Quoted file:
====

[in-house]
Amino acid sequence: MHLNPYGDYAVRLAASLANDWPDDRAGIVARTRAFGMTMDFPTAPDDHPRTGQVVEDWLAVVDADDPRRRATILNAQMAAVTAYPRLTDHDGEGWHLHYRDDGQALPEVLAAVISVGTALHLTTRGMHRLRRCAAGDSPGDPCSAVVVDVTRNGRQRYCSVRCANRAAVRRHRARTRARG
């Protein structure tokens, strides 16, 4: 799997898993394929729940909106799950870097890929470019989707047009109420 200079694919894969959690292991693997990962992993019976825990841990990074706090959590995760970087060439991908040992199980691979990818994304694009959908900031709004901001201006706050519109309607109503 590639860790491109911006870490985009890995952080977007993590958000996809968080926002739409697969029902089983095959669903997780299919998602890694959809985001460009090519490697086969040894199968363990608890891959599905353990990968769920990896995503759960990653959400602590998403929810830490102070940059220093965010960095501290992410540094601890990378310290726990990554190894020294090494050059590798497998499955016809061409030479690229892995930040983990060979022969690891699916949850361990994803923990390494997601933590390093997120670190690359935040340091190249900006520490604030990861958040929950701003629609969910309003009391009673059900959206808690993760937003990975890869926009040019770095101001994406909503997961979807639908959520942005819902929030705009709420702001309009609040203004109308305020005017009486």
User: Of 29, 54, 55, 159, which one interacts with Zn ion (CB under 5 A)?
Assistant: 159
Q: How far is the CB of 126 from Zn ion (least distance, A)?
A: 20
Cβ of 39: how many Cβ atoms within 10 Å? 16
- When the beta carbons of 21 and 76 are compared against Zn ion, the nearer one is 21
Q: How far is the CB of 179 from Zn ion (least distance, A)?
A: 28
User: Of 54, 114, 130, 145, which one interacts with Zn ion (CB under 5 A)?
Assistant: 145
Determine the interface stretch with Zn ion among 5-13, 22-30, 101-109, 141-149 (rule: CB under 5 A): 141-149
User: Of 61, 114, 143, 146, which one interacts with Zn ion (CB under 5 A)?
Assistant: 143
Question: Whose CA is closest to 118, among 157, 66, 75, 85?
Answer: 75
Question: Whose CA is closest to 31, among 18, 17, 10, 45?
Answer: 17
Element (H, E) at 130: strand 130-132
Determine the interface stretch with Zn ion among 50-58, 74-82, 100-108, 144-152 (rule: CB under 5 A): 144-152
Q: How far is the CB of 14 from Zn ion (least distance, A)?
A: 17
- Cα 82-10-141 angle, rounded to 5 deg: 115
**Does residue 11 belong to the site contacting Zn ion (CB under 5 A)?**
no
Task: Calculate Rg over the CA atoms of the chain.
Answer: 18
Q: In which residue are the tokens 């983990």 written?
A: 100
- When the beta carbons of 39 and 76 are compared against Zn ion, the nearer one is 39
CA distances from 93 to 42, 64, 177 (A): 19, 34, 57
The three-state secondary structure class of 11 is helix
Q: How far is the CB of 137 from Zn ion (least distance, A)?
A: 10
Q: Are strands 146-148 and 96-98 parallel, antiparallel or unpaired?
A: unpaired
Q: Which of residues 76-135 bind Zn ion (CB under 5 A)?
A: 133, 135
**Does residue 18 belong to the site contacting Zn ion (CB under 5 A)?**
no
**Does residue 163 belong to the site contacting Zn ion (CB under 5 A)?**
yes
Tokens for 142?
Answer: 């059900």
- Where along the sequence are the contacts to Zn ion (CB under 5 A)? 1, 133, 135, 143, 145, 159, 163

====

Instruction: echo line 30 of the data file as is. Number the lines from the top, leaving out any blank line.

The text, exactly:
Q: In which residue are the tokens 């983990």 written?